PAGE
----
Home Remedies Community

how to make a traditional funeral memory board

A traditional or “analog” version of a funeral memory board uses physical items, such as poster board, glue or tape, and, of course, actual photographs.

Please note that before making a traditional memory board for use at a loved one’s wake/visitation, or funeral or memorial service, you should discuss this personalization option with your funeral director or provider, if he or she hasn’t already suggested it during the funeral arrangement conference. Often, funeral homes will provide a display easel or two, and many will even provide some of the necessary materials. In general, however, you will need the following items:

• Display Board. Typically, people buy 48" x 36" paper poster board from a local office-supply store or “superstore,” such as Target, Wal-Mart or Amazon.com, to provide enough display space, but numerous sizes are available. That said, it is not uncommon for families to use different materials, such as foam display boards, tri-fold poster boards, easel-pad sheets, cork board, dry-erase boards, corrugated cardboard, magnetic boards or even pieces of plywood cut to size.

As noted above, you should check with your funeral provider beforehand for a recommended size and how the memory board will be displayed. Ultimately, the underlying material you choose for your memory board is less important than what you will place upon it, so use whatever’s convenient or least expensive, and don’t stress about it.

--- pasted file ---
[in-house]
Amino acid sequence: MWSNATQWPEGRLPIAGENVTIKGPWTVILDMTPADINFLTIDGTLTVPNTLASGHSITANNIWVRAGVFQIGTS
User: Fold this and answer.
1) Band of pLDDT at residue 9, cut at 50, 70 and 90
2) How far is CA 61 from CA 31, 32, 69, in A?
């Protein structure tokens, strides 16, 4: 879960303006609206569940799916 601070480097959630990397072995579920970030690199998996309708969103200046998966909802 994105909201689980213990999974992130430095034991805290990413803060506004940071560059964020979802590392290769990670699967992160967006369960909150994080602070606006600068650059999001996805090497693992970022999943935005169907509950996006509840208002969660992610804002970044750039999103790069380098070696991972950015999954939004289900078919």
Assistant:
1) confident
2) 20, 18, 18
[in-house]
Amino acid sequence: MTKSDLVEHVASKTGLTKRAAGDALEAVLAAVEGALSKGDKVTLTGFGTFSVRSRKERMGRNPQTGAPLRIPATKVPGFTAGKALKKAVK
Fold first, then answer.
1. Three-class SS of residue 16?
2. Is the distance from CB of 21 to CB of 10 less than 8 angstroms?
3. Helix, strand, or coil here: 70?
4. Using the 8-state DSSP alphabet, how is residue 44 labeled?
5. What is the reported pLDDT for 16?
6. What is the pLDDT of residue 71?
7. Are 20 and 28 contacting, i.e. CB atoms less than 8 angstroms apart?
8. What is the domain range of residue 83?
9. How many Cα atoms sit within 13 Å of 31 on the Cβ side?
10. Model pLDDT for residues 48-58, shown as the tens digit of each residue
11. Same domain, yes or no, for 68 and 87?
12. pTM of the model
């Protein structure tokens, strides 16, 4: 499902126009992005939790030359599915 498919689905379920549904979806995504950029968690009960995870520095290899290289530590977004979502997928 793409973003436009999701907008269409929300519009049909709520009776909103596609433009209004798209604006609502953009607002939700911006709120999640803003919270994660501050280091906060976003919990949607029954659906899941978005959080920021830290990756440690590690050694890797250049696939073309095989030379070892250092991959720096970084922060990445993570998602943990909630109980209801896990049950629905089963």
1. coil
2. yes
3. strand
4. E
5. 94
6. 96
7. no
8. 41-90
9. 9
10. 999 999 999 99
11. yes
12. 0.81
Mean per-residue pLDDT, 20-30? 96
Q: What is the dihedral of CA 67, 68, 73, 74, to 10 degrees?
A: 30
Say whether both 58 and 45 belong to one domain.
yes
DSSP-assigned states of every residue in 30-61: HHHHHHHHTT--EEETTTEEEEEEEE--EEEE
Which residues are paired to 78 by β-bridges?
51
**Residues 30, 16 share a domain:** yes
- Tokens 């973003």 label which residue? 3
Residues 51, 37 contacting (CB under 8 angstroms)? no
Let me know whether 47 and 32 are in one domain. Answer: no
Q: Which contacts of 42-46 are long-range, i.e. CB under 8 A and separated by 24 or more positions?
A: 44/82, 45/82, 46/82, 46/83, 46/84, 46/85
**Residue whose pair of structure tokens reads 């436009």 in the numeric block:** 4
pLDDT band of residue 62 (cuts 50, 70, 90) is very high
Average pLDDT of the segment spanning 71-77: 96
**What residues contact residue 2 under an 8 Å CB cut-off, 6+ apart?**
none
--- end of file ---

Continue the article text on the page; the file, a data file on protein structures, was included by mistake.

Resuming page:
Adhesive. Obviously, you’re going to need some method of affixing photos to your display board, and common methods include glue, tape, pushpins, spray adhesives, old-fashioned photo corners, and low-tack or “removable” bonding agents. While your display board material will largely dictate the best adhesive (pushpins don’t work well in thin poster board, for example), you should also decide how valuable the photographs are to you/your family before affixing them. Permanently gluing a photo you printed from a digital image is fine, but you shouldn’t use this type of adhesive on the only copy of a family photograph.

• Miscellaneous Items. Ideally, to help create a meaningful, memorable funeral memory board, you should label each image with the date/the year in which it was taken, if known. (Even “Circa ‘XXXX’” or the approximate age of the deceased is better than nothing.) Therefore, you’ll need a pen/permanent marker that works on the photograph’s border or on some less-permanent labeling surface, such as removable tape, a sticky-note, etc.

In addition, some families decorate and/or enhance their funeral memory boards using glitter, colored paper, markers, balloons, or small personal mementoes, such as ribbons/medals, ticket stubs, matchbook covers, personal letters and correspondence, etc.

• Photographs. Most families possess a shoebox stuffed with old photos, and this is the time to pull your old photographs out of the closet or from underneath the bed. Otherwise, if you or your loved ones harbor images on their smartphones, tablets, computers or other electronic devices, you should print copies of any digital image(s) you want to use. And don’t forget to check social-media accounts, such as Facebook, Twitter, Pinterest and Instagram, for suitable photographs.